However, before it was unceremoniously pulled from the shelves, a lucky few of us had managed to get our hands on the film, and it's iconic horror bad-guy, by now had achieved cult status of his own fabled proportions. I had managed to get a copy of the movie from a friend of mine, a grainy 5th of 6th generation copy which meant that the visual quality was less than perfect in some middle parts. But it was MY copy. It may be a lifetime ago, but believe me, it is still difficult to communicate the level of excitement and anticipation that me and my young friends were experiencing as we sat huddled around a VCR on a chilly February evening. Not only were we giving two fingers up to the establishment, we were about to see a colossus of Horror cinema that even today, though it may have been copied a thousand times, still has yet to be surpassed.

I'm not going to give anything near a detailed synopsis of the plot as any self respecting horror devotee will be at least familiar with the rudimentary elements - the other two people in the world can watch it for themselves. However, to basically sum it up... Loosely based on the true crimes of Ed Gein, The Texas Chainsaw Massacre tells the story of Five teenage friends who are travelling across the State in order to pay a visit to their grandfather's grave after stories of vandalism and desecration have reached them. As they travel cross-country to the homestead they chance upon an old run-down property, where they are hunted and terrorised by a chain-saw wielding murderer and his not so lovable family of grave-robbing cannibals.

Just a man and his chainsaw hobby.....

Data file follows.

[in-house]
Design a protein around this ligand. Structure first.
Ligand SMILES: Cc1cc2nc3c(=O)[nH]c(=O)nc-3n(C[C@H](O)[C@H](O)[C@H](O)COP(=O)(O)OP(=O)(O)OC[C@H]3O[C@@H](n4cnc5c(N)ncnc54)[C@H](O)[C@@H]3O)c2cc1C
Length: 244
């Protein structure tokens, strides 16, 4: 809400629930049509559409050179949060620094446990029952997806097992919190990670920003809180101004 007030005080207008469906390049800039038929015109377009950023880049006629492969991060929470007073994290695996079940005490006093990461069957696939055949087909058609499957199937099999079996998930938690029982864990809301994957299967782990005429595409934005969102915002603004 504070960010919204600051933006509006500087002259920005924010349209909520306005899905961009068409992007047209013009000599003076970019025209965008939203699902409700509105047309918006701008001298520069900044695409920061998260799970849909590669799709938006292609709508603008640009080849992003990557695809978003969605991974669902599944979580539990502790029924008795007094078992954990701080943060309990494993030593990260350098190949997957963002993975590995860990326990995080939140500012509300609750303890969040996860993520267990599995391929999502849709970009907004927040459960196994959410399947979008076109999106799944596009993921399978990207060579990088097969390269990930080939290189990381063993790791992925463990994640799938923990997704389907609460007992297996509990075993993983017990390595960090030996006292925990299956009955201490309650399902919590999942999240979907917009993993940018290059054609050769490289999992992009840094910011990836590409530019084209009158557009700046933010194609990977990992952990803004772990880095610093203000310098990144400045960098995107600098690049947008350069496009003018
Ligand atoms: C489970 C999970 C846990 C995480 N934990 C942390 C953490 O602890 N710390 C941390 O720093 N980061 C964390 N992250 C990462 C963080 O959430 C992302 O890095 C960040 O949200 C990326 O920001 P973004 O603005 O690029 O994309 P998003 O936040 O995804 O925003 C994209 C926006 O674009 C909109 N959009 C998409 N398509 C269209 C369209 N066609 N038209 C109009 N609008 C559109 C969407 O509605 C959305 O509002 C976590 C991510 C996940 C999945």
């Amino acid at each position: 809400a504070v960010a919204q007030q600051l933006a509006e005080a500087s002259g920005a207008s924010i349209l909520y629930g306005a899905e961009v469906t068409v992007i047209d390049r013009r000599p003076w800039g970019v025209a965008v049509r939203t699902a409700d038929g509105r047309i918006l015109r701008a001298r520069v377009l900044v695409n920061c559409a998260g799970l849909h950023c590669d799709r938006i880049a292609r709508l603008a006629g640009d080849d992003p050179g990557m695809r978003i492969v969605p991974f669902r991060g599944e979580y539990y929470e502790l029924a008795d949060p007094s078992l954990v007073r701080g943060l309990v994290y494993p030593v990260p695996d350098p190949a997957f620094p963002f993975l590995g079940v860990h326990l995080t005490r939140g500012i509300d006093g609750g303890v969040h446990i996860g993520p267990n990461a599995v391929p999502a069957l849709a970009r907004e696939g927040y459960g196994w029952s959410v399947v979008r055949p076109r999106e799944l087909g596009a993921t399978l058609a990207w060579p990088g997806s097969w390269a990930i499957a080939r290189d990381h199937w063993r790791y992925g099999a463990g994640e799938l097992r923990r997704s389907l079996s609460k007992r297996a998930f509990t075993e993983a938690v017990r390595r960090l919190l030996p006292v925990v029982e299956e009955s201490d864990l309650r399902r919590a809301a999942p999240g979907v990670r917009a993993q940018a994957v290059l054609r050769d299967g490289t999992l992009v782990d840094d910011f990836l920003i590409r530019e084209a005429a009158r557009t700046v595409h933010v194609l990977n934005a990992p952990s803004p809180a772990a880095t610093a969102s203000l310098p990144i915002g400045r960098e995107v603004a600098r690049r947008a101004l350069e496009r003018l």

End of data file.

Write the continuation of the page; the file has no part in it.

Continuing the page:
Forget the basic storyline. Put aside opinions on the quite frankly ropey acting in a couple of roles (the cast taken mostly from Director Tobe Hooper's teaching friends and students). While you're at it, if you haven't ever seen the film (and where the hell have you been if you haven't?!), ignore the rather miss-placed and over sensationalised claims that you may have heard that the film is nothing more than thoughtless violence and nothing else. 

No, this is a movie that is much more than that as it takes you along with it on an adrenaline filled journey of barely suppressed terror. Indeed, there are times, particularly in the last act of the film when that the experience becomes more of a sensory and emotional overload - such is it's intense and unsettling power. There are scenes and images within this film that burn themselves onto your consciousness for a variety of reasons. Yes there are scenes of unyielding violence which will shock, even on repeated viewing, particularly from one of the true iconic horror characters, Leatherface.

The cinematography is frankly stunning, originally shot on poor quality 16mm film, this seems if anything to add to the overall atmospheric ambiance, partly in the external country scenes but particularly in the internal terror scenes that are at times genuinely suffocating in their claustrophobic intensity. 

Somebody won't be recommending this establishment
 on Holiday
As I mentioned previously, it wasn't until 1999 that the BBFC realised that years of complete miss-interpretation of the movie had taken place. Contrary to popular misconception, there is no over-reliance on explicit violence in the movie (in fact there is a distinct lack of blood and gore throughout). Rather it is the often implied threat of violence and atmosphere that creates the power to shock and discomfort the viewer.